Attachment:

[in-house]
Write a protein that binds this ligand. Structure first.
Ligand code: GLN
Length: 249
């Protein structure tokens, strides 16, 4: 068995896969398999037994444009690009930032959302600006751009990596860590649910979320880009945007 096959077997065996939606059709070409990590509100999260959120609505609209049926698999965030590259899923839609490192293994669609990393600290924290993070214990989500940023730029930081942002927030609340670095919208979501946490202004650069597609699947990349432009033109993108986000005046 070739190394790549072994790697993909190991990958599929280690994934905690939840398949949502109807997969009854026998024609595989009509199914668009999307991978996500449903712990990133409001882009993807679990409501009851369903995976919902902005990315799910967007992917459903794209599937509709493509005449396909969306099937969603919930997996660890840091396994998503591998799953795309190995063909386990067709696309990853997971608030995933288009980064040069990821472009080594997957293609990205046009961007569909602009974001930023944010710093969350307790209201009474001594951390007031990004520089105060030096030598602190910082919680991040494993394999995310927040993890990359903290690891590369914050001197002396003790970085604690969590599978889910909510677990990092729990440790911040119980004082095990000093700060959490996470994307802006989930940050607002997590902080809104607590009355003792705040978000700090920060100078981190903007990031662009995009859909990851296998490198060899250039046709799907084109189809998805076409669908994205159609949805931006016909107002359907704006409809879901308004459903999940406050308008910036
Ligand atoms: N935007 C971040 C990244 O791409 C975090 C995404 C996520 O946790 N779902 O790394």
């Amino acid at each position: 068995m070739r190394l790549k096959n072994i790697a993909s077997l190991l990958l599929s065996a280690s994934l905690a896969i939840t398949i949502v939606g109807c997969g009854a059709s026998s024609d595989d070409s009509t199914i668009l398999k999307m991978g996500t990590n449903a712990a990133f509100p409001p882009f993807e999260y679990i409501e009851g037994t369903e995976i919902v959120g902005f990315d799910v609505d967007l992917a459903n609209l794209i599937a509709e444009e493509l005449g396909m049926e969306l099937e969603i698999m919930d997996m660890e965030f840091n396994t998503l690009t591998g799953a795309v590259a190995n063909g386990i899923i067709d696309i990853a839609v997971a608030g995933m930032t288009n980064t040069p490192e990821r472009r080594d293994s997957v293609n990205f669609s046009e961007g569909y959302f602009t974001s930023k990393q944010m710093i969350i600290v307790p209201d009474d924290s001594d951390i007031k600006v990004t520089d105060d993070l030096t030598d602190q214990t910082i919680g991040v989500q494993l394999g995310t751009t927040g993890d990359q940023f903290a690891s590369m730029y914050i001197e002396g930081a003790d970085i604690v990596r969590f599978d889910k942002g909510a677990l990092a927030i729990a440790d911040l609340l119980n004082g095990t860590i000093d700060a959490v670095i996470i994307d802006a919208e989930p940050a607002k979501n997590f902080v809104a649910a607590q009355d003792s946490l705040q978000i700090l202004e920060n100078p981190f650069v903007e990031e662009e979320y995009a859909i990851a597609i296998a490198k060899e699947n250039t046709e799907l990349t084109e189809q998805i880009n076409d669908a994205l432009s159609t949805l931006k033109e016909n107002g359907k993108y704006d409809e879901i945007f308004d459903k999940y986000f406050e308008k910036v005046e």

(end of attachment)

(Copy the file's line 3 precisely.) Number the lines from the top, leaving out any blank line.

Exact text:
Ligand code: GLN